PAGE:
Now it often serves merely to complete the selection of 4 subjects in this new, all-inclusive examination system. Thus students today often select a most curious combination of subjects, for example:

(1) Psychology, English, German and Mathematics,

(2) Chemistry, Biology, French and Spanish.

In the former, if the students are gifted in English literature, they seldom possess any great natural ability in mathematics, so the mathematics syllabuses have been changed to accommodate the predominately arts students. This has resulted in a reduction in the number of topics, the depth to which these topics are taught and the level of mathematical rigour that they require.

In the latter case, the student is studying chemistry in the absence of mathematics or physics, so areas of chemistry which demand a level of mathematical competence much higher than that provided by G.C.S.E. mathematics, have been removed. In fact, the mathematical requirements for Curriculum 2000 chemistry at ‘A’ level are comparable to those which were once expected for chemistry at ‘O’ level.

Luckily, the majority of sixth formers drop their weakest subject at the end of the lower sixth and proceed to complete 3 subjects to ‘A’ level. The weakest mathematics candidates therefore do not often continue with the subject. However, the syllabus alterations that were necessary to assist these candidates obviously undermine the foundation of those able students wishing to pursue mathematics or chemistry at university.

It is painful to see present day, upper sixth, ‘A’ level science students (aged 18 years) struggling with equations as trivial as *x*^{2} = 9, being unable to add 16 to 24 without using a calculator or staring in complete bewilderment when required to find ⅔ of 6. In fact some students did not even realise that ⅔ of a number means divide the number by 3 and multiply by 2, because they had always used the automatic fraction facility on their calculators.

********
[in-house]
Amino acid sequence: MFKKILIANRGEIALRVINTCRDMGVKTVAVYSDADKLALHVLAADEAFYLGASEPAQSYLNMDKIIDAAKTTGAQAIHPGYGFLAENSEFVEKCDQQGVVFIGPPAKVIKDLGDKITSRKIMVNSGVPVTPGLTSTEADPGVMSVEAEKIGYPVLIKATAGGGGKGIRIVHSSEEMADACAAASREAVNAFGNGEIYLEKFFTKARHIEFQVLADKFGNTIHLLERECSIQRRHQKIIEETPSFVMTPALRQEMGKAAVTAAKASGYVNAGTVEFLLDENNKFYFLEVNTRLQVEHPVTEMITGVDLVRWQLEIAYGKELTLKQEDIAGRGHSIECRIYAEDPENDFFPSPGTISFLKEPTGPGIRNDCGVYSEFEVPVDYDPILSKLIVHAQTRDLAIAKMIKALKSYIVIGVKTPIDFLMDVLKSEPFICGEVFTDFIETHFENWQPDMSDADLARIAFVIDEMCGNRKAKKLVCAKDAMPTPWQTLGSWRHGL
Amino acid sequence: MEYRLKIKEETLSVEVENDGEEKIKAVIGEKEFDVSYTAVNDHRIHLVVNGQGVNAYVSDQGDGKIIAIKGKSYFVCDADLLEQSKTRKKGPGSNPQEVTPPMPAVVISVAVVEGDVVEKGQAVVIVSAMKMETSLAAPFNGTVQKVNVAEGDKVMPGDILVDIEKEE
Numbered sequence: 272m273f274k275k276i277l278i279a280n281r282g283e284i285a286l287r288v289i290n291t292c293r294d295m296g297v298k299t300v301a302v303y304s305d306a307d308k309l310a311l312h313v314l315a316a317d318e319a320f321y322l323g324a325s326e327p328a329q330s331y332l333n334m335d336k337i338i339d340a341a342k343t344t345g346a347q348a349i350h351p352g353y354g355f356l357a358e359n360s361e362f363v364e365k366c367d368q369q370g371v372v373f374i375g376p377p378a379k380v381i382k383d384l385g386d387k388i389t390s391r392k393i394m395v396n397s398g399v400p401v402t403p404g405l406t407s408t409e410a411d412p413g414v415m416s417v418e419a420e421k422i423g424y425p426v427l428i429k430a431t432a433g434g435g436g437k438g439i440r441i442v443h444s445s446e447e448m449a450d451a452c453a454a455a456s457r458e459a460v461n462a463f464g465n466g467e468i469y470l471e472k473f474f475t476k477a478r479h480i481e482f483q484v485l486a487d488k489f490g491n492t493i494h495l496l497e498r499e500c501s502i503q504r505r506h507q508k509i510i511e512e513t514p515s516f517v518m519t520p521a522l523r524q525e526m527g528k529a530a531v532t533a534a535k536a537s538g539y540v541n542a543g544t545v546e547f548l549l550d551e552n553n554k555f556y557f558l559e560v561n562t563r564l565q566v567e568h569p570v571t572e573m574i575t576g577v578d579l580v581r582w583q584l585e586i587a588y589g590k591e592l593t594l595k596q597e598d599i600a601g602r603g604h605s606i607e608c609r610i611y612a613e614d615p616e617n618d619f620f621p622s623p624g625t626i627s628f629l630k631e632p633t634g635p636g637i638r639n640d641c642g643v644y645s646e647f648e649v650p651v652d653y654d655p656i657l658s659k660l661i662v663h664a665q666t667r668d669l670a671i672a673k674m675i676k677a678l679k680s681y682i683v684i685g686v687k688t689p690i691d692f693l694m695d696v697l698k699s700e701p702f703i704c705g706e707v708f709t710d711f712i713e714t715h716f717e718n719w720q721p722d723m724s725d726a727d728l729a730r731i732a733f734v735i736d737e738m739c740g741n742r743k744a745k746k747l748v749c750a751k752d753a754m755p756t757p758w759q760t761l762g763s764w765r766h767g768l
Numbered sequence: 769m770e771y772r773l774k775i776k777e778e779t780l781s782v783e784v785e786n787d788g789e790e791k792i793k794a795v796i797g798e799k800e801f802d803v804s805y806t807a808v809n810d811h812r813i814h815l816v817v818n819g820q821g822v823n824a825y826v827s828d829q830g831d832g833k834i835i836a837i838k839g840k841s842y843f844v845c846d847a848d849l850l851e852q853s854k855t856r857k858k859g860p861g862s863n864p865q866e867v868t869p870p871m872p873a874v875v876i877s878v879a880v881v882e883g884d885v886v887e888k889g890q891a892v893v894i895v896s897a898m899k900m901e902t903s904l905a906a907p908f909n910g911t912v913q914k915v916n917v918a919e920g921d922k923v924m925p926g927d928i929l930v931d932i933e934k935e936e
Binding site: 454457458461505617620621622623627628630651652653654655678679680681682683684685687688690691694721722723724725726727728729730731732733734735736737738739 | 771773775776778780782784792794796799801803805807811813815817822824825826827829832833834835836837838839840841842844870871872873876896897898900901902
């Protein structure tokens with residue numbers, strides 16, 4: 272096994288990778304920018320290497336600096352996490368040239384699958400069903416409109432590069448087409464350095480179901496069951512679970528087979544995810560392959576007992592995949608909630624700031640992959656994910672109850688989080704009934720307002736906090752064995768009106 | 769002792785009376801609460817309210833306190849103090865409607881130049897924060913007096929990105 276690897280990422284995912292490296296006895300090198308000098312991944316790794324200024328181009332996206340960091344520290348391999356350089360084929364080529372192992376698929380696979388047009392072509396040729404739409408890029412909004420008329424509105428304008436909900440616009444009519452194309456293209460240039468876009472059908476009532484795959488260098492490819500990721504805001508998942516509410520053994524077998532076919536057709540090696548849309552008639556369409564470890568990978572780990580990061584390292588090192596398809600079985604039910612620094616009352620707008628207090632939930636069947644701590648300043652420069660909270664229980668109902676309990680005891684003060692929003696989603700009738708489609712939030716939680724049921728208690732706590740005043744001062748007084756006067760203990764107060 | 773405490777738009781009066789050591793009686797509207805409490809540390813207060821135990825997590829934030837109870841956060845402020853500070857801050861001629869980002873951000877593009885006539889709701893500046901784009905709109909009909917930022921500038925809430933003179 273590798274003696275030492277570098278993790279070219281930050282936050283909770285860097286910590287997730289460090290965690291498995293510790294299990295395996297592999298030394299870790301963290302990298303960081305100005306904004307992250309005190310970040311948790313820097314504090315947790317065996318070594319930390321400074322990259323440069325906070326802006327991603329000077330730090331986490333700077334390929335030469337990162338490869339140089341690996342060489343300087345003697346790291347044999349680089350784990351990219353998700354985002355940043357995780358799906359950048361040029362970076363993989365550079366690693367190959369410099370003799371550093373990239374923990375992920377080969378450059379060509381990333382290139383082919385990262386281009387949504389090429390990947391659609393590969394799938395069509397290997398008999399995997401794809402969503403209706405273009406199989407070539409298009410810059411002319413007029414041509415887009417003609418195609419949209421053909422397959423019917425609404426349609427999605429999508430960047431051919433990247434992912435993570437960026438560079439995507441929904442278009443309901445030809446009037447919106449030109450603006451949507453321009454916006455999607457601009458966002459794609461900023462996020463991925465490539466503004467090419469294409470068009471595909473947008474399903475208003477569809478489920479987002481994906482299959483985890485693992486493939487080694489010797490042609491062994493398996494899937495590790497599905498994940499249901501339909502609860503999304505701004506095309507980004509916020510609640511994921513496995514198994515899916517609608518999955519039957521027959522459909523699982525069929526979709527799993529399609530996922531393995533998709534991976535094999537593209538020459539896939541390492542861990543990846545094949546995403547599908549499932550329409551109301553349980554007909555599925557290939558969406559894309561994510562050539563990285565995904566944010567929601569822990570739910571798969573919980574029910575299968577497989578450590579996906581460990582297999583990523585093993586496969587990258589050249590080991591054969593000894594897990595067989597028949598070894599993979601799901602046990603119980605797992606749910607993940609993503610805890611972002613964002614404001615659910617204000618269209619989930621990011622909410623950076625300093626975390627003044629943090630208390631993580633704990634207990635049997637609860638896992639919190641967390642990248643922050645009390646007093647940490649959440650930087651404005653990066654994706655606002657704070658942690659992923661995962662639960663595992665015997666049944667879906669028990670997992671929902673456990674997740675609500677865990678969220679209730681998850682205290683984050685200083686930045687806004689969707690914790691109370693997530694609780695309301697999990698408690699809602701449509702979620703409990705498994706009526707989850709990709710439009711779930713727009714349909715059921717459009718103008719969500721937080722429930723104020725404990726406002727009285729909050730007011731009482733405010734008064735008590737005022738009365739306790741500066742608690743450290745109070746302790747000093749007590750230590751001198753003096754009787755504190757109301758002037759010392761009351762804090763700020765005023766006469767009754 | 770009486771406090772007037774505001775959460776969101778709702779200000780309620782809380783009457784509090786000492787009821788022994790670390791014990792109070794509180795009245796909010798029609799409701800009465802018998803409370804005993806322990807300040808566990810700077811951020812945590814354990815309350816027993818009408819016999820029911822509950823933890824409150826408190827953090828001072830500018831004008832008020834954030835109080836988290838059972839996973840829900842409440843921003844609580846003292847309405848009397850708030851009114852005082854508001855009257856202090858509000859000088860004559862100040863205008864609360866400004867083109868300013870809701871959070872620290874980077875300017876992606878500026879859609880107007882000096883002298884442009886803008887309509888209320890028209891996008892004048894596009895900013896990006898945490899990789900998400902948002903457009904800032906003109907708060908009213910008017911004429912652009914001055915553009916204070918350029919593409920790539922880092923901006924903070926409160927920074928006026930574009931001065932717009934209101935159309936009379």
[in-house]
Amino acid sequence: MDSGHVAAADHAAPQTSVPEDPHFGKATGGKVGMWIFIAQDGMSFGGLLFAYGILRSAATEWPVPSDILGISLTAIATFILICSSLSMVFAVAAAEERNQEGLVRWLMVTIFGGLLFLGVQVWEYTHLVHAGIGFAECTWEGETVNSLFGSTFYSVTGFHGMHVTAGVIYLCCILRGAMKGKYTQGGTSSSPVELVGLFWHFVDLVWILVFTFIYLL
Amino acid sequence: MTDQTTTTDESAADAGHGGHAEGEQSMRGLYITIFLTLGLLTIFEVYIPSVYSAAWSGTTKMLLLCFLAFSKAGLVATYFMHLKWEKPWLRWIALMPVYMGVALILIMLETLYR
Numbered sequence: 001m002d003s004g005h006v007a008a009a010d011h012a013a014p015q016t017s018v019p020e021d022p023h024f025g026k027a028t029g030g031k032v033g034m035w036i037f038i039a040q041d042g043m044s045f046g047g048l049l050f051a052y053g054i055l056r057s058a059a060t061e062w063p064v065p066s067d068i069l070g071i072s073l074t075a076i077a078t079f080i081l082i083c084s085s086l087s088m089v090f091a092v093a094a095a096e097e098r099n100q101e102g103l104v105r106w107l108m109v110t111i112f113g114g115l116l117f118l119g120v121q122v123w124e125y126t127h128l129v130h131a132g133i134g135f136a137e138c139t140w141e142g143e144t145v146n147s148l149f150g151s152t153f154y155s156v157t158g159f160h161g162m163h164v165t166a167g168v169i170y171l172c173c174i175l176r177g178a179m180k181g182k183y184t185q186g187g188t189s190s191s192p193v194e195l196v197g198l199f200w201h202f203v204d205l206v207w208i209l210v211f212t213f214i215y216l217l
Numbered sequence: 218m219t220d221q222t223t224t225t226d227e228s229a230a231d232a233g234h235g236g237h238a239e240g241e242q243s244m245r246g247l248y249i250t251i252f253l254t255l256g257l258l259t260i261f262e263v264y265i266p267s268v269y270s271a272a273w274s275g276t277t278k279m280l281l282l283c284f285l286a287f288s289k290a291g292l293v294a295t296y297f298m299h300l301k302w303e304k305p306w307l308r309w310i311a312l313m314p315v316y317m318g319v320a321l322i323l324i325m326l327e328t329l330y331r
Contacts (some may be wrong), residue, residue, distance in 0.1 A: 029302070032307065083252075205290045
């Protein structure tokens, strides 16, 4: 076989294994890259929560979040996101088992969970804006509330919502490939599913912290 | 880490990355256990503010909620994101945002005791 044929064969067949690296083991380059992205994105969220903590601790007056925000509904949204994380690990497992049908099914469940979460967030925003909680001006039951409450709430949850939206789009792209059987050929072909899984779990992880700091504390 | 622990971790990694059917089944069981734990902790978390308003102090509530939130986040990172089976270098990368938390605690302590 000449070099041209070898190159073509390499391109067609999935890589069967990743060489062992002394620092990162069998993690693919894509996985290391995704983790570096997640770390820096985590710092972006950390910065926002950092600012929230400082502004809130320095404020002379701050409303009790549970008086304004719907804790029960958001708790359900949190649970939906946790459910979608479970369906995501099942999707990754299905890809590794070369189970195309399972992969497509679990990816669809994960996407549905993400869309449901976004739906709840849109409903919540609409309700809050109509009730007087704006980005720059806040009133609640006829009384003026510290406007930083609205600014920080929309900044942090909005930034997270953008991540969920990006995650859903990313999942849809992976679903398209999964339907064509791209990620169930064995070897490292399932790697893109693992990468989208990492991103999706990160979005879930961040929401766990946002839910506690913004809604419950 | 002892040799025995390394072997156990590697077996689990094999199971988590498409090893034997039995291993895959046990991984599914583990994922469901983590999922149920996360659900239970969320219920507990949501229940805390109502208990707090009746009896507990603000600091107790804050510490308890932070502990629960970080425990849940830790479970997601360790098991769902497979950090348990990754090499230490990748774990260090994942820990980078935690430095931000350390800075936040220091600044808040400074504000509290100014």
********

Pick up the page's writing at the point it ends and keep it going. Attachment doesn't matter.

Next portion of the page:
What is more shocking is that these science students have obtained grades A and A* in G.C.S.E. science (double award) and mathematics. One might wonder how students with such high grades could exhibit such mathematical ineptitude. Undoubtedly the far less demanding nature of the G.C.S.E. examinations is largely responsible, but a significant contribution to the cause of this modern-day phenomenon was revealed in 2001 by Jeffrey Robinson ^{1}, the Chief Mathematics Adviser for Cambridge G.C.S.E. mathematics. He revealed that throughout the nineties the examination boards had systematically lowered their grade thresholds to obtain a greater proportion of higher grades. He disclosed that a student obtaining only 18% in a Cambridge G.C.S.E. mathematics examination could achieve a grade C.